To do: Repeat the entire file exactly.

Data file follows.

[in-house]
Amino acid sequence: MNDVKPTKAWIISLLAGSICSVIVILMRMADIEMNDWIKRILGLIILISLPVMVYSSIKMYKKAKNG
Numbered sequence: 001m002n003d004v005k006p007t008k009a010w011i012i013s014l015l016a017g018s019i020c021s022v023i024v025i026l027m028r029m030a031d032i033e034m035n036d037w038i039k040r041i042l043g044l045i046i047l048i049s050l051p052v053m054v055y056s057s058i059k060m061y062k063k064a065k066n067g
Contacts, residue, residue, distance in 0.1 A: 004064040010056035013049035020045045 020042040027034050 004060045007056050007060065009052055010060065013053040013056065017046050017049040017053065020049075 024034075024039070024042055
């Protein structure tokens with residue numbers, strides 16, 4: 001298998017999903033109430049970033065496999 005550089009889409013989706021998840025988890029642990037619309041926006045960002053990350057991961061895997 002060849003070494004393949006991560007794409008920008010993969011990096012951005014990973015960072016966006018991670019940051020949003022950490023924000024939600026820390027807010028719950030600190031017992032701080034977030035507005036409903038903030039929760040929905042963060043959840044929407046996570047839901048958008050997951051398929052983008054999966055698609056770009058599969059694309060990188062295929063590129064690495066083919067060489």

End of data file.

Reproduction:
[in-house]
Amino acid sequence: MNDVKPTKAWIISLLAGSICSVIVILMRMADIEMNDWIKRILGLIILISLPVMVYSSIKMYKKAKNG
Numbered sequence: 001m002n003d004v005k006p007t008k009a010w011i012i013s014l015l016a017g018s019i020c021s022v023i024v025i026l027m028r029m030a031d032i033e034m035n036d037w038i039k040r041i042l043g044l045i046i047l048i049s050l051p052v053m054v055y056s057s058i059k060m061y062k063k064a065k066n067g
Contacts, residue, residue, distance in 0.1 A: 004064040010056035013049035020045045 020042040027034050 004060045007056050007060065009052055010060065013053040013056065017046050017049040017053065020049075 024034075024039070024042055
């Protein structure tokens with residue numbers, strides 16, 4: 001298998017999903033109430049970033065496999 005550089009889409013989706021998840025988890029642990037619309041926006045960002053990350057991961061895997 002060849003070494004393949006991560007794409008920008010993969011990096012951005014990973015960072016966006018991670019940051020949003022950490023924000024939600026820390027807010028719950030600190031017992032701080034977030035507005036409903038903030039929760040929905042963060043959840044929407046996570047839901048958008050997951051398929052983008054999966055698609056770009058599969059694309060990188062295929063590129064690495066083919067060489």